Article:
From the November-December 2022 issue of News & Letters
In October, hundreds of Stanford University women students marched. They were protesting the university’s inadequate response to its extreme rape culture. A study showed 40% of women students experienced “nonconsensual sexual contact”. Recently, one rapist abducted a woman from her Stanford office, another grabbed a woman from a parking lot in daylight. Protesters demanded Stanford expel students guilty of sexual assault and fire faculty and staff with Title IX violations. They demanded a $1 million commitment towards trauma-informed training for all counselors and Vaden Health Center workers and hiring more Confidential Support Team counselors.
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In September, in Rafah, Gaza Strip, Wissam and Fatima al-Taweel, ages 21 and 20, posted Facebook videos describing jumping from their home’s balcony to escape their father’s violence and death threats. This inspired a social media campaign under an Arabic hashtag that translates to “Save_Wissam_Fatima.” Feminist organizations helping them received an unprecedented backlash of intimidation and defamation. Zainab al-Ghunaimi of the Center for Women’s Legal Researches and Consulting stated, “There are prominent and religious figures who threaten feminist organizations either through written statements on social media or in their Friday sermons. These threats incite the Palestinian street against women’s institutions, and prompt aggressive behavior by husbands, fathers or brothers against women who are defended by these organizations.” The Palestinian NGO Network called on human rights institutions and local authorities to protect women’s rights NGOs in Gaza.
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In October, Feminist Dynamism, a coalition of 12 feminist and civil rights groups in Tunisia, demonstrated in front of the Higher Electoral Authority, protesting President Kais Saied’s new commission to manage elections. They said the commission “is not representative of all segments of the Tunisian society as its structure is dominated by men, and seeks to exclude women from the entire electoral process.” They also protested a new law that people must pay to nominate candidates. Previously, parliamentary elections had a goal of 50% representation of women and 25% representation of youth. Feminist Dynamism has launched an online petition to amend the new law, and press and media unions threaten a media boycott of the election.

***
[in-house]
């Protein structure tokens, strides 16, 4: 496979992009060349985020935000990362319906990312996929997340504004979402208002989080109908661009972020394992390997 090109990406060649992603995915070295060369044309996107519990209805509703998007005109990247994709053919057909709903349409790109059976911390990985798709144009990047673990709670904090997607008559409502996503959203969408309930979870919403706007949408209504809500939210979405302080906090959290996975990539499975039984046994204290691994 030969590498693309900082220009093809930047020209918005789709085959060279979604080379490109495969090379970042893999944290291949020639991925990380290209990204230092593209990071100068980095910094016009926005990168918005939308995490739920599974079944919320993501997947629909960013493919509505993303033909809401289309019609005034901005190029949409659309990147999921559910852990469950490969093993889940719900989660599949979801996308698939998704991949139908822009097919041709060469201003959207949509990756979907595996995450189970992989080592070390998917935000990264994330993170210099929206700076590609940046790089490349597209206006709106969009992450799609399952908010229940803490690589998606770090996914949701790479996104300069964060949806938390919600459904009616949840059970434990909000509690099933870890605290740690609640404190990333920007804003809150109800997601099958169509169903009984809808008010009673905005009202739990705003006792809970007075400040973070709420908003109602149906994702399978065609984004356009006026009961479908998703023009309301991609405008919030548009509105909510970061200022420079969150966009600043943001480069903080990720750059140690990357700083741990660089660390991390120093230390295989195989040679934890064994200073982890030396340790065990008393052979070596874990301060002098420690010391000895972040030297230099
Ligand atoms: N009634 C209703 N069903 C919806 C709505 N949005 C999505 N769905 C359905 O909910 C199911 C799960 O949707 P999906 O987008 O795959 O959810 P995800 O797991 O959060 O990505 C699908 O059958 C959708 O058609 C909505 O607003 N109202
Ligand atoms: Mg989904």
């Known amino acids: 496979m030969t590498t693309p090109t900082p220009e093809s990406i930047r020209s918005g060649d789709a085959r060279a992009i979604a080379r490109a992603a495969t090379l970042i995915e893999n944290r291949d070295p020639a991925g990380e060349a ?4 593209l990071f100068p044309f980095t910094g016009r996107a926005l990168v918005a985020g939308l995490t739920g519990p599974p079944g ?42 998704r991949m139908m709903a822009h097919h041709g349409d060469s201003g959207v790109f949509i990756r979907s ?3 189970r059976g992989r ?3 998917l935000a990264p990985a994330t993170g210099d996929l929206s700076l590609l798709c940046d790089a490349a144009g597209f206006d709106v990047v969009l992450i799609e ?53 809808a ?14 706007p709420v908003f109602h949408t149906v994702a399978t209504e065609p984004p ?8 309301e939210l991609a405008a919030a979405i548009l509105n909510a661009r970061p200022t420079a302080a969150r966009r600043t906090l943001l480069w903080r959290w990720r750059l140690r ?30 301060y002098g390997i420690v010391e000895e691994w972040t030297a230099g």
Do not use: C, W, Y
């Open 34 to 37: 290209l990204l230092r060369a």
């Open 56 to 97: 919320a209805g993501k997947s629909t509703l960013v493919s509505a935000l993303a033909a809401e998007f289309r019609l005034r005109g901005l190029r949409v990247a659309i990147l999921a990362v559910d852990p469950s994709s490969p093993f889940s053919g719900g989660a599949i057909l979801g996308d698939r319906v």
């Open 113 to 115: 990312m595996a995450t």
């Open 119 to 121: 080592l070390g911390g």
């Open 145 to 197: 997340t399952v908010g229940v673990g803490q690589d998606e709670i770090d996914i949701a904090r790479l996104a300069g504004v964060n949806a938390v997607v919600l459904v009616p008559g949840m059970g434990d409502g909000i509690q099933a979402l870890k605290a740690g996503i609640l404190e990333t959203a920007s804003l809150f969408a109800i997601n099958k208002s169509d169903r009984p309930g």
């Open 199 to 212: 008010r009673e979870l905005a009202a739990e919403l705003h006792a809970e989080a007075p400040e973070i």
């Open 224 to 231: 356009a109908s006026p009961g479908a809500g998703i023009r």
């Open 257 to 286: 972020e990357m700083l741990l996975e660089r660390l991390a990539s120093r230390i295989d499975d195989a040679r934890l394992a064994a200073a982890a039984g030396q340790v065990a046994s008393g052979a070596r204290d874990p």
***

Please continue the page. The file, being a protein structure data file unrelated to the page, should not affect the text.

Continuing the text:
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In August, Sabah Al Alwani became the first woman appointed to Yemen’s Supreme Judicial Council. Politician Rasha Jarhum stated this “will enhance women’s access to justice in general, but women still face many challenges, including violence, discriminatory laws and institutions, and a society that perceives them as inferior.” In February, women activists holding vigils and meeting with officials won the right to be issued passports without a male guardian’s approval. Not having passports had prevented women from seeking education or medical care abroad. Lawyer and women’s rights supporter Yasser Al Maliky stated, “The war has delayed many political gains, which I believe are the first path to empowerment in other fields. The culture of society is still hostile to women and this stems from a distorted cultural, religious, and legal legacy towards them.” The war has killed over 230,000 since 2014. The UN uncovered a pattern of rape and detention of women activists in areas where Houthi rebels impose their fundamentalist ideology.